In addition, France’s Rémy Cointreau (OTC: REMYY) pulled its 2020 earnings guidance because of the uncertainty surrounding coronavirus. “Clearly we are concerned,” Chief Financial Officer Luca Marotta said on a conference call. “We do not have any scenarios on a quantified basis. It is evolving hour after hour.”
The saying “the market hates uncertainty” is a cliché for a reason. The unpredictable nature of a disease like this in a tightly connected global economy is certainly cause for concern.
That said, odds are that global health officials will get coronavirus under control sooner rather than later. Judging by recent history, the economic and market impacts of the outbreak will also be contained.
Starting with the 1981 HIV/AIDS epidemic, HORAN Capital Advisors analyzed more than a dozen global epidemics. They found the MSCI World Index was higher on average one, three and six months after the outbreaks started.
The 2014 Ebola outbreak was the worst in terms of market performance, with the index falling 11.8% in three months. But even amid that global scare, the index rebounded sharply and was down only 2% after six months.
The coronavirus scare may prove to be a trigger for such a decline. But it’s one that will likely prove to be temporary, even a buying opportunity.
Furthermore, there is money to be made by any company that can provide an antidote to coronavirus or otherwise relieve suffering. With this in mind, “Drugmakers are hustling to make a vaccine,” USA Today reports.
For example, AbbVie (NYSE: ABBV) said China is testing its HIV drug Aluvia as a potential treatment. Novavax (Nasdaq: NVAX) surged last week after announcing it is working on a vaccine.
Other names speculators are eyeing include Gilead Sciences (Nasdaq: GILD) and BioCryst Pharmaceuticals (Nasdaq: BCRX).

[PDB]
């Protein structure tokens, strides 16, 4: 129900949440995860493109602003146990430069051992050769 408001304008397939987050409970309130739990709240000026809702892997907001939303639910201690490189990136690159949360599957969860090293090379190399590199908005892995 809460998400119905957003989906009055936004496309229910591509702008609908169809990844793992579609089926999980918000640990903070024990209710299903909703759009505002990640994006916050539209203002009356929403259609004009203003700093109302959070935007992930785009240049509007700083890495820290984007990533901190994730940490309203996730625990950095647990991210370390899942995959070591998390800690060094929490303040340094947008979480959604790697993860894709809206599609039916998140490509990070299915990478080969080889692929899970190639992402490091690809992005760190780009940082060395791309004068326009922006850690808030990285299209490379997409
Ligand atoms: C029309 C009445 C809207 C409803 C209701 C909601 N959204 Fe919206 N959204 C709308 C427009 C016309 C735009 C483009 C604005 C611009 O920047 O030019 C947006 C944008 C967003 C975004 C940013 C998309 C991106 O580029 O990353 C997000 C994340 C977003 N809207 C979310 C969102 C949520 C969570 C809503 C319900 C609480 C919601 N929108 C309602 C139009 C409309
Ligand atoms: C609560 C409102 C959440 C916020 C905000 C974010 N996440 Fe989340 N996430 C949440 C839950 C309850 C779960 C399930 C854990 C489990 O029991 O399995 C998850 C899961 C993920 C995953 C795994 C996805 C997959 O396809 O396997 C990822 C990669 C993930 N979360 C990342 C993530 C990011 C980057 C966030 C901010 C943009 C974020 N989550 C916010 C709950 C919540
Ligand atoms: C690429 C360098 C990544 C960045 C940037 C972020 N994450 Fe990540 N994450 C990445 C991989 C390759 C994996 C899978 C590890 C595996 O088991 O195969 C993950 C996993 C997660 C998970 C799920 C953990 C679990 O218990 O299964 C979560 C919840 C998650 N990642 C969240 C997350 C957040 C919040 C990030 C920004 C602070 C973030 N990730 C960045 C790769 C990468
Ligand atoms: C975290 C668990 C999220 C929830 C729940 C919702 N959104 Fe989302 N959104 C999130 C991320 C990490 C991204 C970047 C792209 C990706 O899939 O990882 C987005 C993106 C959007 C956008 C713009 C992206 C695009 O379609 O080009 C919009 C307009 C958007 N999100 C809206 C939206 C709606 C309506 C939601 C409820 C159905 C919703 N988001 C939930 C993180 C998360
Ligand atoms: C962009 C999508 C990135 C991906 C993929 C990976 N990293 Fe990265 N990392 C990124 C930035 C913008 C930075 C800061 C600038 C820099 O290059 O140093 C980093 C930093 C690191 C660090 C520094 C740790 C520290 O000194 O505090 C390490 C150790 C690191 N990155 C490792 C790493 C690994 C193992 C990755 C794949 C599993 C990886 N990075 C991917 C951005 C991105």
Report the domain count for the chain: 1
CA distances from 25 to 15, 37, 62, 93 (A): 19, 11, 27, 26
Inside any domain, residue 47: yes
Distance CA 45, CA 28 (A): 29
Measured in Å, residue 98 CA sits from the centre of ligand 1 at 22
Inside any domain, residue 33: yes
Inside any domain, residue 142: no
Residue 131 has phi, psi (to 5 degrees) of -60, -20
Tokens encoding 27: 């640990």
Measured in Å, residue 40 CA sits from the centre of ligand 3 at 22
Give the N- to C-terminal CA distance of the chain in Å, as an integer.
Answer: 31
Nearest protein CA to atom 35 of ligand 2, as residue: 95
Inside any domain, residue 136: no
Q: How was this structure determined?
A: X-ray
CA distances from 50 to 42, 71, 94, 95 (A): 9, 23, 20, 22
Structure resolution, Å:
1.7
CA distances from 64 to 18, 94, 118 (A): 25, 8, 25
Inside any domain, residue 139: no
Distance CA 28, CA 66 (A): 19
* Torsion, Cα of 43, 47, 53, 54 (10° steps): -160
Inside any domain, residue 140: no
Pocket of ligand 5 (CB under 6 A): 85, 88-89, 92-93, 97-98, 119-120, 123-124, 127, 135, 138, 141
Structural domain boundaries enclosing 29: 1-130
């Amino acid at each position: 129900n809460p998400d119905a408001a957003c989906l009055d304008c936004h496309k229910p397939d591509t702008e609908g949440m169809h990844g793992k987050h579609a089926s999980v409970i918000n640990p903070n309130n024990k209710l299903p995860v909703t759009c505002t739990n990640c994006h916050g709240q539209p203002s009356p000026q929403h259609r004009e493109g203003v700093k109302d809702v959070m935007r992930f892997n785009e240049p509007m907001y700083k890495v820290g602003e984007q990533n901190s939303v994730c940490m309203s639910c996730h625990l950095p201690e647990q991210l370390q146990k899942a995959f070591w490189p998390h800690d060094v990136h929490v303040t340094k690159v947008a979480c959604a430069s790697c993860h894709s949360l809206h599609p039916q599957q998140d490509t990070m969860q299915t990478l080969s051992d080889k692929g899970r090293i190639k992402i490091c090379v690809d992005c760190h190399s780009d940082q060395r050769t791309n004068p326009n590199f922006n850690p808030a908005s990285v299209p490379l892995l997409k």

These companies’ swift response shows that both medical professionals and the market will be able to manage the challenges that come with the coronavirus outbreak. And just like our population, the economy will recover stronger.
About Aaron Task
Aaron is an expert writer and researcher who formerly served as editor-in-chief at Yahoo Finance, digital editor of Fortune, and executive editor and San Francisco bureau chief of TheStreet. You may have also seen him as a guest on CNBC, CBS This Morning, Fox Business, ABC News and other outlets.
A prolific writer and commentator, Aaron is the former host of Yahoo Finance’s video program The Daily Ticker. He has also hosted podcasts for Fortune (Fortune Unfiltered) and TheStreet (The Real Story). His latest on-air passion project, Seeking Alpha’s highly rated Alpha Trader podcast, features top Wall Street experts dissecting the market’s latest news and previewing significant upcoming events. He also regularly provides analysis for the free e-letter Wealthy Retirement, which we will be republishing here on Investment U.